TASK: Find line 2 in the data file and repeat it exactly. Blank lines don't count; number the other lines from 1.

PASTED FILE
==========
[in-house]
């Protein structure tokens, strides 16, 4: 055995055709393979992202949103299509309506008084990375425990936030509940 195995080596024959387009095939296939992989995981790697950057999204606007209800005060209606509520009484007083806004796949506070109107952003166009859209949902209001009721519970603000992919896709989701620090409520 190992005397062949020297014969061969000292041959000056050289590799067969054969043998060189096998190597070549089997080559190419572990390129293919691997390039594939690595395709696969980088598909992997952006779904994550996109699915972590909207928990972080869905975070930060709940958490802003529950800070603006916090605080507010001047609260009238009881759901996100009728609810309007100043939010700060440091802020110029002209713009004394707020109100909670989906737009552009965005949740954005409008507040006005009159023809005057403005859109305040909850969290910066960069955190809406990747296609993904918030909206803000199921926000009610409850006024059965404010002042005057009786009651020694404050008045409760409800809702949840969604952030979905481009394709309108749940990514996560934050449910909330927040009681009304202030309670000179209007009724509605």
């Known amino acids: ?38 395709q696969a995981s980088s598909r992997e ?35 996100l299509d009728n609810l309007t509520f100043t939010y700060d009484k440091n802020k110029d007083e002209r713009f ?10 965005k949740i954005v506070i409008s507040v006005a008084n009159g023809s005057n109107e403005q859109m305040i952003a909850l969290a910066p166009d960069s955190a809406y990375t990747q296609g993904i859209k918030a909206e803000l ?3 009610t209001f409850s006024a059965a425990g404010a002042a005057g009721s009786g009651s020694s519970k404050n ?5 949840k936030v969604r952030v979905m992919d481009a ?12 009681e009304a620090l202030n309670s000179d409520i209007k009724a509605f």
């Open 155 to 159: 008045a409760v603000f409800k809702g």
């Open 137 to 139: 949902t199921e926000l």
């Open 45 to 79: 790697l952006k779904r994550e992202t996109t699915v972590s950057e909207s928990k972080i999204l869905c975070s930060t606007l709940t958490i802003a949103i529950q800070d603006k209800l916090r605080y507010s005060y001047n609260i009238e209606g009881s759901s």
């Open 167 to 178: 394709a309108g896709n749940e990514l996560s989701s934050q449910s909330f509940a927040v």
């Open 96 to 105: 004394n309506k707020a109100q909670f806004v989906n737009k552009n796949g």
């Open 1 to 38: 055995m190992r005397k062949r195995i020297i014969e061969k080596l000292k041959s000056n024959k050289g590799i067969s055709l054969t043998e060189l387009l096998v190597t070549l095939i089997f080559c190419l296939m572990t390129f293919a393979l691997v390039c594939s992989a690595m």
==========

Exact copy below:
């Protein structure tokens, strides 16, 4: 055995055709393979992202949103299509309506008084990375425990936030509940 195995080596024959387009095939296939992989995981790697950057999204606007209800005060209606509520009484007083806004796949506070109107952003166009859209949902209001009721519970603000992919896709989701620090409520 190992005397062949020297014969061969000292041959000056050289590799067969054969043998060189096998190597070549089997080559190419572990390129293919691997390039594939690595395709696969980088598909992997952006779904994550996109699915972590909207928990972080869905975070930060709940958490802003529950800070603006916090605080507010001047609260009238009881759901996100009728609810309007100043939010700060440091802020110029002209713009004394707020109100909670989906737009552009965005949740954005409008507040006005009159023809005057403005859109305040909850969290910066960069955190809406990747296609993904918030909206803000199921926000009610409850006024059965404010002042005057009786009651020694404050008045409760409800809702949840969604952030979905481009394709309108749940990514996560934050449910909330927040009681009304202030309670000179209007009724509605």